We are now the day after that scene. The song that Mignon has just sung is Kennst du das Land? (Know’st thou the land?). The blue sky, the orange and lemon trees, the myrtle and the laurels suggest a Mediterranean landscape. Wilhelm thinks of Italy and it's said that Goethe, who knew well that land, was describing some place in Sicily.

This is the poem of the novel from which more songs had been composed. We have already listened to the ones by Duparc and Tchaikovsky and today we are listening to Schumann's, one of the most well-known. The performers are Lorraine Hunt Lieberson and Julius Drake, but before listening to it, I suggest you read what Goethe says about Mignon's performance:
She began every verse in a stately and solemn manner, as if she wished to draw attention towards something wonderful, as if she had something weighty to communicate. In the third line, her tones became deeper and gloomier; the Know’st thou it, then? was uttered with a show of mystery and eager circumspectness; in the ’Tis there! ’tis there! lay a boundless longing; and her I with thee would go! she modified at each repetition, so that now it appeared to entreat and implore, now to impel and persuade.
What do you think? Does Schumann (or Duparc, or Tchaikovsky) capture what Goethe describes?
Kennst du das Land? 

Kennst du das Land, wo die Zitronen blühn,
Im dunkeln Laub die Gold-Orangen glühn,
Ein sanfter Wind vom blauen Himmel weht,
Die Myrte still und hoch der Lorbeer steht?
Kennst du es wohl?
Dahin! dahin
Möcht ich mit dir, o mein Geliebter, ziehn.

Kennst du das Haus? Auf Säulen ruht sein Dach.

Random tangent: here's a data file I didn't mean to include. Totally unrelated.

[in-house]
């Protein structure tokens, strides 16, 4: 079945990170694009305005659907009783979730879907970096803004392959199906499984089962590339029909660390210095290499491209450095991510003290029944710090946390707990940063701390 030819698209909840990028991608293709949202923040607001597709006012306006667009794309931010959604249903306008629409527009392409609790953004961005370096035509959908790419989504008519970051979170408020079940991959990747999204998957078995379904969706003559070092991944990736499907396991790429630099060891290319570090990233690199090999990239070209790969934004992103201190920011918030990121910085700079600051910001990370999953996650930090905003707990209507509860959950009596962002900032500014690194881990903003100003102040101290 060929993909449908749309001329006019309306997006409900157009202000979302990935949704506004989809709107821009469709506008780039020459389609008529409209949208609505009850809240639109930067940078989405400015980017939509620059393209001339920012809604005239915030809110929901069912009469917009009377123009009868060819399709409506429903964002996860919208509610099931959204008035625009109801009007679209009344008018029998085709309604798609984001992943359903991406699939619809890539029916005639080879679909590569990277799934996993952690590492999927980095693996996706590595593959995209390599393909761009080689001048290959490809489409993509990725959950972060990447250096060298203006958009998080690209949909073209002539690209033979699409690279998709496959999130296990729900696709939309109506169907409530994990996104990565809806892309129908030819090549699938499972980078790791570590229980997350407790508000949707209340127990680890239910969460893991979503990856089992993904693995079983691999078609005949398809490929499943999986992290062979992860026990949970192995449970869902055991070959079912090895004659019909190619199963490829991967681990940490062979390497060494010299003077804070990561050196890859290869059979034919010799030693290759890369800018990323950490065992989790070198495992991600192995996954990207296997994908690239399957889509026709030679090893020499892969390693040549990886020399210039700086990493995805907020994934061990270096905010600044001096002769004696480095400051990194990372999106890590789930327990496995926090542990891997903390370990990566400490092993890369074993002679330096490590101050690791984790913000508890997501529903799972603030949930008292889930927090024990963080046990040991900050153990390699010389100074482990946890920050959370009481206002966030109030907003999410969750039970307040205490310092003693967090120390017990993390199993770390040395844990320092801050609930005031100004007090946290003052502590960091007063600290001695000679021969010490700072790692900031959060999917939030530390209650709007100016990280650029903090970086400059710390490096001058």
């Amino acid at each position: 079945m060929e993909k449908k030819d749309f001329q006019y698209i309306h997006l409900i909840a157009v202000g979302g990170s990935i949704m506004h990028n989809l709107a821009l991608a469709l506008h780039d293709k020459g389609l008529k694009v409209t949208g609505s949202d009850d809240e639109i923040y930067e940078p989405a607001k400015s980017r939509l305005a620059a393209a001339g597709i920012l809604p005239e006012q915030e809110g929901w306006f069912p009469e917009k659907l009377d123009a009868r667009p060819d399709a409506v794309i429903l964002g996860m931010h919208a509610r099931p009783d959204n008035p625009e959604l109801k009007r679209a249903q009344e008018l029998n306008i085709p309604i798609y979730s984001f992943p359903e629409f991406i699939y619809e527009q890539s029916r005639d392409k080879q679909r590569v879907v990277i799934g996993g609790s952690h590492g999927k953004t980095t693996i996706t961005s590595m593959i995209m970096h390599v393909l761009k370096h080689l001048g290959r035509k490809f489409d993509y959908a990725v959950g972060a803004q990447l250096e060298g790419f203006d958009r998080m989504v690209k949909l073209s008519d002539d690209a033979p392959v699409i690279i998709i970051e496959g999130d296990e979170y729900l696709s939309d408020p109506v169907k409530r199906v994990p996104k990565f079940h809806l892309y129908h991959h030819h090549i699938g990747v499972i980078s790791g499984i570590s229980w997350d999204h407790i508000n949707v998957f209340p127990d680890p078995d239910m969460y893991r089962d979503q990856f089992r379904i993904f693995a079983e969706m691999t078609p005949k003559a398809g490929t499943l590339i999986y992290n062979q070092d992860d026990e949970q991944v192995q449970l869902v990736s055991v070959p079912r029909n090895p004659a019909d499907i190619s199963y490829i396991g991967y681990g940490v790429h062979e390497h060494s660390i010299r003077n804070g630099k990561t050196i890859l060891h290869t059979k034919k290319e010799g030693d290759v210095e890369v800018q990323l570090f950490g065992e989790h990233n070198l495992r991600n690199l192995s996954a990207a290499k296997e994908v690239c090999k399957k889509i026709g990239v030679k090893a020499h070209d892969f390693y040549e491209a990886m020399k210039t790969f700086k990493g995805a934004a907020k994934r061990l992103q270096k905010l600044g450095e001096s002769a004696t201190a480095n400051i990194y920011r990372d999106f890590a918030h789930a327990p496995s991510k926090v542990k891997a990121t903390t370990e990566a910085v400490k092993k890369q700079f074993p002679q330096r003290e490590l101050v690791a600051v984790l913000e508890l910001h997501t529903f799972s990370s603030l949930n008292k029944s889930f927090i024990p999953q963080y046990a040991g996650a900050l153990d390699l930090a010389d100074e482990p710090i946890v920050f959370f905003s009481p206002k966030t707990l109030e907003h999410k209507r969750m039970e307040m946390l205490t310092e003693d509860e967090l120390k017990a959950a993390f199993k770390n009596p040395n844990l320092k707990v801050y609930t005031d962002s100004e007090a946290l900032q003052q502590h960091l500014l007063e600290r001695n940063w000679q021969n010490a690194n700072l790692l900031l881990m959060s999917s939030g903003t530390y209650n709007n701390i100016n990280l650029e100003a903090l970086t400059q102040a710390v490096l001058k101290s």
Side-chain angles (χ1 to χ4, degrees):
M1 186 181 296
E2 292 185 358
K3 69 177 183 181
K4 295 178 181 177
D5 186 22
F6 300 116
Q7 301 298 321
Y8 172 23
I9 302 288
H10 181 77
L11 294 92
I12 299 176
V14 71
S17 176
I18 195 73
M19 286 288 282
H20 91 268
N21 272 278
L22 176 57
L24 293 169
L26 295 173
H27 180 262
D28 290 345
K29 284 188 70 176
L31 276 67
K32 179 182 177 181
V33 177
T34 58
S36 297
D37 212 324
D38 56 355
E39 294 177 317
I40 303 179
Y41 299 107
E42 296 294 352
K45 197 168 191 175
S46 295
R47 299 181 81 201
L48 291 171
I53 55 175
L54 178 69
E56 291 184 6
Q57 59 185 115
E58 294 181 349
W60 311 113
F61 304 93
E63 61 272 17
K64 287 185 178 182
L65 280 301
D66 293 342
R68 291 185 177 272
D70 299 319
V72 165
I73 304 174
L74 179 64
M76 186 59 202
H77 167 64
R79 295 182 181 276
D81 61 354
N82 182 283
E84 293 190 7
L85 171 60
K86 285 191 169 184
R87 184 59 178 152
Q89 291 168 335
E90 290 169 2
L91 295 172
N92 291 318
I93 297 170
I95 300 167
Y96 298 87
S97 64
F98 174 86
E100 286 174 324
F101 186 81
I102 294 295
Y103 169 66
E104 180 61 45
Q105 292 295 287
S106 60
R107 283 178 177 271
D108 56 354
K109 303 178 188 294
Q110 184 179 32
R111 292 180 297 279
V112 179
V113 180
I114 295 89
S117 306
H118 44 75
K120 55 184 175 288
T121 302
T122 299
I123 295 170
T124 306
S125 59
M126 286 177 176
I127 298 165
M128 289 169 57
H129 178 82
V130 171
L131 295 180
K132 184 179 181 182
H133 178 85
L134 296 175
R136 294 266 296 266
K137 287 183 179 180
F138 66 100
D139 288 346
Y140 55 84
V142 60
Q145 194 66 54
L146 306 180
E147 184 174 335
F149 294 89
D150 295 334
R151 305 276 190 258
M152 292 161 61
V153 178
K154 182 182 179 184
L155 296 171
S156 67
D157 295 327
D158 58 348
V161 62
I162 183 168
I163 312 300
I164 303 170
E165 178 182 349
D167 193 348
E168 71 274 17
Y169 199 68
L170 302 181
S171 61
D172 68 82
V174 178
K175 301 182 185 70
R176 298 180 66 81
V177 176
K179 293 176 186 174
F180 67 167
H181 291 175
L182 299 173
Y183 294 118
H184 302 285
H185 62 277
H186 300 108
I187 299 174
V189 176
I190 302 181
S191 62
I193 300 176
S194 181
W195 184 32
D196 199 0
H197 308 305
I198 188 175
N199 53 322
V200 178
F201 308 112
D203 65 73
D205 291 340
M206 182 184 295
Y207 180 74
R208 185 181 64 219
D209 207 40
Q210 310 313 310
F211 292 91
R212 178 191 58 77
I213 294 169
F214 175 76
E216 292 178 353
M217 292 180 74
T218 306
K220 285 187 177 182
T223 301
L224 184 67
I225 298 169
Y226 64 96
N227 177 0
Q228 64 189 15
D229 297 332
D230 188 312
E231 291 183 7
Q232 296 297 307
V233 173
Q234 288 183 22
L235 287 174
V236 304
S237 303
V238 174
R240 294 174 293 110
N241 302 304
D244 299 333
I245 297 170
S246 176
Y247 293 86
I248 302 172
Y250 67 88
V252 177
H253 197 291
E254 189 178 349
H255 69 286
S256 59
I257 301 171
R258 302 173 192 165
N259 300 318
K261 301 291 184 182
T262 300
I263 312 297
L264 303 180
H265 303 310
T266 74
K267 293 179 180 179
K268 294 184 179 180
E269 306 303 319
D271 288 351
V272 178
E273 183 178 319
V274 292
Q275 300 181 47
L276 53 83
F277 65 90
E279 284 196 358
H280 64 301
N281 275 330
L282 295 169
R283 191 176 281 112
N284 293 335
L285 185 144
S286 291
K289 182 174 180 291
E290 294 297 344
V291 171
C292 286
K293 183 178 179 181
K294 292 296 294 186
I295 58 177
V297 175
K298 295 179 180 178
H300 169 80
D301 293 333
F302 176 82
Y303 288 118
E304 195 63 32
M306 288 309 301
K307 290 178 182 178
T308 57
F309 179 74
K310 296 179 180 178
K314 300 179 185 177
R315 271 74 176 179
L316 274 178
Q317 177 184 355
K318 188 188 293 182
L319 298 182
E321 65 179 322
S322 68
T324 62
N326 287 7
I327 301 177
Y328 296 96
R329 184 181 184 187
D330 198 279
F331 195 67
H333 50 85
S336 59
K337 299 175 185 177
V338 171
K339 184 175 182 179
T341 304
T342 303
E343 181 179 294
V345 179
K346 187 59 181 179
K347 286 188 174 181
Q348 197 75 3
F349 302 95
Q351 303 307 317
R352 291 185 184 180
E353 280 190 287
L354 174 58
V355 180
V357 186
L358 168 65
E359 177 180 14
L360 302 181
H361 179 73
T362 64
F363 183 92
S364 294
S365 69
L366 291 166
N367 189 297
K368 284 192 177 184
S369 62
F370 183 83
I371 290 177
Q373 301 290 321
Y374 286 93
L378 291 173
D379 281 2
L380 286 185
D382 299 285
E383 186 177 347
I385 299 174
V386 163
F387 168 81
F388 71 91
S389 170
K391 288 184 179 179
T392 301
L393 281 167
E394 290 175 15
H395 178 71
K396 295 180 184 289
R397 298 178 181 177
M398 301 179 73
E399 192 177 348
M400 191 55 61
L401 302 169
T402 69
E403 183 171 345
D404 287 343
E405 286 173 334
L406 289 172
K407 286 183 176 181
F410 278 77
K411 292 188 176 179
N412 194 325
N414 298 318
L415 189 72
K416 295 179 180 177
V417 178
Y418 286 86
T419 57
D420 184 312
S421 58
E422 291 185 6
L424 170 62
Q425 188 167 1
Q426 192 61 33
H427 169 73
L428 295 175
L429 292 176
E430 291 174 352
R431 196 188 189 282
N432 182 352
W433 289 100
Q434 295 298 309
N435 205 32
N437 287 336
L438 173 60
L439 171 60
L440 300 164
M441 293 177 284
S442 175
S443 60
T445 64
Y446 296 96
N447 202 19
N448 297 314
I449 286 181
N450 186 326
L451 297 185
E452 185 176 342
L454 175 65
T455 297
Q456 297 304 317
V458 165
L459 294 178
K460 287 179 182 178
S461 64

Es glänzt der Saal, es schimmert das Gemach,
Und Marmorbilder stehn und sehn mich an:
Was hat man dir, du armes Kind, getan?
Kennst du es wohl?
Dahin! dahin
Möcht ich mit dir, o mein Beschützer, ziehn.

Kennst du den Berg und seinen Wolkensteg?
Das Maultier sucht im Nebel seinen Weg;
In Höhlen wohnt der Drachen alte Brut;
Es stürzt der Fels und über ihn die Flut!
Kennst du ihn wohl?
Dahin! dahin
Geht unser Weg! O Vater, laß uns ziehn!

Know’st thou the land where lemon-trees do bloom,
And oranges like gold in leafy gloom;
A gentle wind from deep blue heaven blows,
The myrtle thick, and high the laurel grows?
Know’st thou it, then?
’Tis there! ’tis there,
O my belov’d one, I with thee would go!

Know’st thou the house, its porch with pillars tall?
The rooms do glitter, glitters bright the hall,
And marble statues stand, and look me on:
What’s this, poor child, to thee they’ve done?
Know’st thou it, then?
’Tis there! ’tis there,
O my protector, I with thee would go!

Know’st thou the mountain bridge that hangs on cloud?
The mules in mist grope o’er the torrent loud,
In caves lie coil’d the dragon’s ancient brood,
The crag leaps down and over it the flood:
Know’st thou it, then?
’Tis there! ’tis there
Our way runs; O my father, wilt thou go?

(translation by Thomas Carlyle)